Now that the Trump administration has revamped the North American Free Trade Agreement, it is taking a look at kicking key countries out of its sister pact, the Central American Free Trade Agreement.
Trump officials are taking a very close look at the 2005 pact signed with six Latin American nations to see if they can block Nicaragua, the Dominican Republic and El Salvador from keeping preferential access to U.S. markets without disturbing the rest of the agreement.
“We are very concerned with Nicaragua’s move toward authoritarianism, and El Salvador’s and Dominican Republic’s questionable ties with China,” the official said. “As the United States has made clear, we will not allow our trade agreements, including CAFTA-DR, to become back doors to benefit non-market economies and repressive actors in the region.”
Eliminating the three countries from CAFTA or CAFTA-DR, as it’s best known, would not necessarily block them from selling goods to the United States, but they would be subject to higher tariffs that were in place before the 2005 agreement was signed.
The fact that the United States is turning its sights on the Central America agreement is not necessarily a surprise. Since President Donald Trump announced plans to rework NAFTA, leaders across the Western hemisphere expected the administration would eventually turn its attention to their agreements and apply similar changes. NAFTA served as a template to the rest of the 11 free trade agreements in Latin America.
Nicaragua, El Salvador and the Dominican Republic are also countries that have found themselves recently in Trump’s crosshairs.
The Trump administration has been slapping sanctions and increasing economic and political pressure in Nicaragua as the Ortega government has increased its authoritarian power. The administration pulled its ambassadors out of El Salvador and the Dominican Republic last year after the two countries broke diplomatic ties with Taiwan to get closer with China, a U.S. trade adversary that the administration has accused of a “predatory economic activity.”
CAFTA was never just about trade.
When Congress ratified the agreement, President George W. Bush declared it as a way for the United States support democracy and economic reform after years of civil war and communist insurgencies.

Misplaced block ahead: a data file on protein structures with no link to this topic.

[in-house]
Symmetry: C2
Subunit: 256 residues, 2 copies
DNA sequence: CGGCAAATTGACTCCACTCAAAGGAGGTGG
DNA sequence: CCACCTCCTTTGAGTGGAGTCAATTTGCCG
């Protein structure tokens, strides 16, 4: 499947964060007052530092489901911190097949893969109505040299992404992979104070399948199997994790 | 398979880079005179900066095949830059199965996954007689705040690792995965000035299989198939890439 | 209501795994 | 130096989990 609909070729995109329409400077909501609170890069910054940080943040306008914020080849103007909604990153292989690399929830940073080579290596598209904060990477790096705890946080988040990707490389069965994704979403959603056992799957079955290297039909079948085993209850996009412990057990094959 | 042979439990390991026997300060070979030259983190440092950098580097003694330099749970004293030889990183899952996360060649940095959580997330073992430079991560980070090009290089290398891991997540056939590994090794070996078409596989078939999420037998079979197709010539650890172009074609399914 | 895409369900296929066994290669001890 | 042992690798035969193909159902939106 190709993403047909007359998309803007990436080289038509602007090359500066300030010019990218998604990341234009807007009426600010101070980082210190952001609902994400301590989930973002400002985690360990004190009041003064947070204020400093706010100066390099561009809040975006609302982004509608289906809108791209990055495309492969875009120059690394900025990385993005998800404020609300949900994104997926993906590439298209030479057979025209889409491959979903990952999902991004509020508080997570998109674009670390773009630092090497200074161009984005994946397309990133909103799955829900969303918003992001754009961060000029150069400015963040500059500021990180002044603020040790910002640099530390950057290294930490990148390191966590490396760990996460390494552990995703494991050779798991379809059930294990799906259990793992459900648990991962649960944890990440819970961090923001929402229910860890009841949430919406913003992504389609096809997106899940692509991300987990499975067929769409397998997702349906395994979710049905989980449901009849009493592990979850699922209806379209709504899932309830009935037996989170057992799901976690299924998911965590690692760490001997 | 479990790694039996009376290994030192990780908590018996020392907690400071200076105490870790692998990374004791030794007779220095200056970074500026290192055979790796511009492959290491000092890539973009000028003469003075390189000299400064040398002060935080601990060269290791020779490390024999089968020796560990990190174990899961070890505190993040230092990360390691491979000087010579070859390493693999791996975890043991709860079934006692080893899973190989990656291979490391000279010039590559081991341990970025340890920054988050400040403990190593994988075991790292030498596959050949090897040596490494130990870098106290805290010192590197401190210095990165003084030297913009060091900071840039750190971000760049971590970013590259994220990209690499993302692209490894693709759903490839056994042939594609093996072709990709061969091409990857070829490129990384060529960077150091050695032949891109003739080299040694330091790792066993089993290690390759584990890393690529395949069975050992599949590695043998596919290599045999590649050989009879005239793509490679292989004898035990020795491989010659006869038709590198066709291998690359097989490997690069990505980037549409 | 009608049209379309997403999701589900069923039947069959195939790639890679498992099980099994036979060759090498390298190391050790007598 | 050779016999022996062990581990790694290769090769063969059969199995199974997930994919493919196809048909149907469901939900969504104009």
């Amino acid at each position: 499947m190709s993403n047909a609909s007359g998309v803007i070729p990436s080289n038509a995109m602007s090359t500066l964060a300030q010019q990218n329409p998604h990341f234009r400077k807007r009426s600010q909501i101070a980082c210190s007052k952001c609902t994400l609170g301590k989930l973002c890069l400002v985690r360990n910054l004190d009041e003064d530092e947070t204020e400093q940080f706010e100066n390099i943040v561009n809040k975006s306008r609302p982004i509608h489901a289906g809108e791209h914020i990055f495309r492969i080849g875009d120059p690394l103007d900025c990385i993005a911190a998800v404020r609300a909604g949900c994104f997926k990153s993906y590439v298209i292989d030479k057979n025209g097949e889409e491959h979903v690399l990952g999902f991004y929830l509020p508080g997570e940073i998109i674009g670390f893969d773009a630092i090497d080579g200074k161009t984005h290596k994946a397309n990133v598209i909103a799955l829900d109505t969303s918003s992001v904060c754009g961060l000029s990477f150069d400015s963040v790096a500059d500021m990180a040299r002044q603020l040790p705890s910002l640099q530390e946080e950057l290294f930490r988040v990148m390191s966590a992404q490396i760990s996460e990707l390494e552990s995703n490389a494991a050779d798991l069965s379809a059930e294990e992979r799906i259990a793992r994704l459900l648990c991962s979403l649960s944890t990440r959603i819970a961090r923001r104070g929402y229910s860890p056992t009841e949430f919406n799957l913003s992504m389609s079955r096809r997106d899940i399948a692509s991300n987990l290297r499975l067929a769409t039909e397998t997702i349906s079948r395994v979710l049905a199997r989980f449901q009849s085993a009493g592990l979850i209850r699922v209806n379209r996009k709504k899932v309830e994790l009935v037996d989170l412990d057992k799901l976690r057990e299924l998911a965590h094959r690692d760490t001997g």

“A part of the world that was once characterized by unrest and dictatorship now sees its future in free elections and free trade, and we must not take these gains for granted,” President George W. Bush said at the time. “By transforming our hemisphere into a powerful free trade area, we will promote democratic governance and human rights and the economic liberty for everyone.”
Eric Farnsworth, who was involved in the NAFTA negotiations as an official with the U.S. Trade Representative and later outside the government pushed for CAFTA, said it makes sense that the United States would want to take a second look at whether Nicaragua should continue to receive special access to U.S. markets after it’s “gone off the democracy track.”
“Trade is a tool, but not a panacea,” said Farnsworth, who is now a vice president of the Council of the Americas in Washington. “The question is, is it leading to the impact that we seek or is it providing an economic lifeline to an authoritarian dictatorship? That is what we need to take a hard look at.”
The concern with El Salvador and the Dominican Republic is whether their positions in CAFTA has given China backdoor access to United States markets.
The administration sees China’s signature Belt and Road Initiative, the global lending program, as a debt trap fueling greater economic dependency.
The administration clearly sent a signal with the revised NAFTA about its intentions for China. One of the perhaps most significant, but lesser-known elements of the new United States-Mexico-Canada Agreement, is a small section of the text that allows the United States to pull out of the USMCA if one country pursues a separate free trade agreement with a “nonmarket country,” which is largely seen as a warning against pursuing separate free trade agreements with China.
“It’s not a formal connection in the sense that what happens in NAFTA is related to his, but it’s the same impulse,” said Eric Miller, a trade consultant who has worked for the Canadian government and continues to advise them on the negotiations. “What it is fundamentally is the United States is concerned about growing Chinese influence in the hemisphere. And they’re looking at all the instruments they have to take on that influence.”
The administration still has many difficult discussions to make. Officials must find a mechanism to eliminate Nicaragua and the Dominican Republic from the agreement. There is no specific democracy clause in the agreement.
“No one could fathom there would be such a breakdown in the signature countries,” said José Cárdenas, who served in the National Security Council under George W. Bush and regularly speaks with Trump administration officials.
Miller sees no easy mechanism to kick out the three countries out, but said it can be done. One way, he said would be for officials to suspend them based on national security concerns.
“A national security lens is becoming this administration’s new favorite justification for anything dealing with Latin America,” Miller said.
Cárdenas said the administration must also be careful that any changes impact the government leaders and not the citizens who they largely want to protect.
“It’s the policy makers toughest call,” Cárdenas said. “How to respond to the breakdown in Nicaragua without making the lives of ordinary Nicaraguans worse. But you can’t walk away.”